will be real: a self-sufficient town of
50,000 planned by blacks as an inter-
racial community,
SIX YEARS IN the making, Soul City
today is 5,200 acres of rolling meadow-
land, broken occasionally by tree groves
and by mobile homes parked in clusters
or alone.
These are the temporary homes and
offices of Soul City's first residents, 225
people in all. They are the staff that is
building Soul City, and their families.
Their leader is Floyd McKissick a bald-
ing six-footer whose name is famous in
civil rights. McKissick, now 52, resigned
in 1968 as national chairman of the
Congress of Racial Equality to return to
his native North Carolina and develop
Soul City.
Most of McKissick's closest collabora-
tors are blacks from the civil rights
movement, But he also has recruited

21 whites and three Indians on his staff
of 60.
"WE HAVE BROUGHT together black,
white and Indian here," says McKissick.
"We find that they agree 90 per cent of
the time and just by working together,
you can destroy five per cent of their
Construction of the first permanent
building is to begin next month. It's to
be a factory shell called "Soul Tech I."
McKissick says he already has a com-
pany under contract to occupy the fac-
tory and employ 350 people-the first
step toward self-sufficiency. He won't

name the company.
Once the factory shell is started, con-
struction of permanent homes and a
shopping center is to begin in the fall.
"PEOPLE SAY Soul City is idealistic,
and it is," McKissick admits. ". . . but
I believe we at least can organize a
city free of racism, with job opportuni-
ties and a happy society."
Toward this goal, McKissick founded
Floyd B. McKissick Enterprises, Inc.,
whose principal function is the construc-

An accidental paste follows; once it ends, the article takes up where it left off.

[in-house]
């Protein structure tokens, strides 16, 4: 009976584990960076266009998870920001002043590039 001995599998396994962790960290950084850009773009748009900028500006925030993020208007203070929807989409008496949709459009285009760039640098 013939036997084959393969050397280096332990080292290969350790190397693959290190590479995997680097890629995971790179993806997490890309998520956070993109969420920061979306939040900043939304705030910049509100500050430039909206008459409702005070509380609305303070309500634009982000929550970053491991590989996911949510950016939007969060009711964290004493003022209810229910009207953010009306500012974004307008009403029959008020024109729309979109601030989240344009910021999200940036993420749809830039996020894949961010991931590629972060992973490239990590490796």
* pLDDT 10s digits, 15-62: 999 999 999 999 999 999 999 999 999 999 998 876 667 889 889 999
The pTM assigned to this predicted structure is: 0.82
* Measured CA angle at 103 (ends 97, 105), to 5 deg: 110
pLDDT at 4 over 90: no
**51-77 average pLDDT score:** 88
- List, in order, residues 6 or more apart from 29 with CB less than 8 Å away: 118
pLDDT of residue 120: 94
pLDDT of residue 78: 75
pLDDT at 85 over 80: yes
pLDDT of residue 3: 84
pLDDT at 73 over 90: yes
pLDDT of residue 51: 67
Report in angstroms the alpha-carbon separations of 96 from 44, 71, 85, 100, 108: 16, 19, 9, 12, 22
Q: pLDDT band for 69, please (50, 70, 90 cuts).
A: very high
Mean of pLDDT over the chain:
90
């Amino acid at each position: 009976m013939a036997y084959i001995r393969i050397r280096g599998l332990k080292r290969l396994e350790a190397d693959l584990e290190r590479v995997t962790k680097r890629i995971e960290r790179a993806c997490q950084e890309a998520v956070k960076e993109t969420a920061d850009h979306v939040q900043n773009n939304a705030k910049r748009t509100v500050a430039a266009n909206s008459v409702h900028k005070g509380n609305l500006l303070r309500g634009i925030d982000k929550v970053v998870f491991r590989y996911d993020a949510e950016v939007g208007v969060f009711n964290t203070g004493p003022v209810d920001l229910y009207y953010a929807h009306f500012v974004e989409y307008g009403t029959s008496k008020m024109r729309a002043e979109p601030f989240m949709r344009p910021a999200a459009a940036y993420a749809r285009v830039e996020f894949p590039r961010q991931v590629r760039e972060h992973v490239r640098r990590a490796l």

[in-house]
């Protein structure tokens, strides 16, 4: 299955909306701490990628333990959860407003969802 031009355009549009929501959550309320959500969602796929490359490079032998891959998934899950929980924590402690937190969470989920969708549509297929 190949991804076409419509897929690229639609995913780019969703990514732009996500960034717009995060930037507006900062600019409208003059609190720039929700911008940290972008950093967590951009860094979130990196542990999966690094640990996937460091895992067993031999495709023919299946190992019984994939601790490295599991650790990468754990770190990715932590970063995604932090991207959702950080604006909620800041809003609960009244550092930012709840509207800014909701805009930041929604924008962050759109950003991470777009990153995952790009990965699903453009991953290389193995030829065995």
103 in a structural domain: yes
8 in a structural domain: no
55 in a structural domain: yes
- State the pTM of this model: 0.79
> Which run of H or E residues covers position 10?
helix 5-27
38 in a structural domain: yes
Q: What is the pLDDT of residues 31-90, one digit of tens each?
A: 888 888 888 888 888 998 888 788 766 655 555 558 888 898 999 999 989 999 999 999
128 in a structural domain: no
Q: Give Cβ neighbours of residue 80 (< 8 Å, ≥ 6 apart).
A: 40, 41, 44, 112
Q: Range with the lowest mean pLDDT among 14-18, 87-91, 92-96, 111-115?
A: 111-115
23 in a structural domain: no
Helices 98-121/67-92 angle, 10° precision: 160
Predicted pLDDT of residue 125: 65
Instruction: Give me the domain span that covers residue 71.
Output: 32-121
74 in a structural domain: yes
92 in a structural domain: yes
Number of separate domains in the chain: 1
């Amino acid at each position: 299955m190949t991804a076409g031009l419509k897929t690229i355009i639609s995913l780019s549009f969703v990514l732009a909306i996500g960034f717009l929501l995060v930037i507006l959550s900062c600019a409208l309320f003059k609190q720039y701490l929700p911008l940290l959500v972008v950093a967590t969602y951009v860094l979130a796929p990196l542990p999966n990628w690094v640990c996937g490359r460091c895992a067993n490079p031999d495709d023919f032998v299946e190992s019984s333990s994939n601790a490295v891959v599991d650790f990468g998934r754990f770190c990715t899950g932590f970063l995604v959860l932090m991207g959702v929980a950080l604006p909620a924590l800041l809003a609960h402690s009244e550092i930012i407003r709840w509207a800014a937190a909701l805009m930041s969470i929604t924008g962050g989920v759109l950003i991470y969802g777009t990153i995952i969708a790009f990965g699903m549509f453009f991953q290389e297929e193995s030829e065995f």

tion of Soul City at a final cost of $90
million. The U.S. Department of Housing

Fleming to head bond drive

University President Robben Fleming
announced yesterday that he will serve
as chairman of Gov. William Milliken's
steering committee backing a $1.1 bil-
lion transportation bond issue on the
November ballot.
Fleming urged citizen support for the
proposal authorizing the sale of bonds to
upgrade the state's transportation sys-
tem. He said the proposed 1S-year con-
struction program would provide an es-
timated 10,000 jobs and bring in a con-
siderable amount of federal "matching"

funds to a state that "gets less trans-
portation money per capita than any
other urban state."
THE FUNDS will go toward passenger
and freight railroad service, a mass ur-
ban transit system, Great Lakes ship-
ping, and research on future means of
Fleming argued that "this program is
not just 'for Detroit' or 'for the Upper
Pennisula,' but rather 'for all of Mich-
igan.' . . . No region of the state can
afford to ignore the benefits of an up-
graded transportation system."

Programs to be financed by the meas-
ure include: $450 million for a southeast
Michigan urban transit set-up, $362 mil-
lion for upgrading passenger rail and
intercity bus service, $100 million for air-
ports, $50 million to expand Great Lakes
port capacity, $20 million for research
and $25 million to hard-surface over 65
miles of roads.
Other committee members include
Henry Ford, chairman of the board of
Ford Motor Co., Leonard Woodcock,
president of the United Auto Workers
and William Marshall, president of the
Michigan AFL-CIO.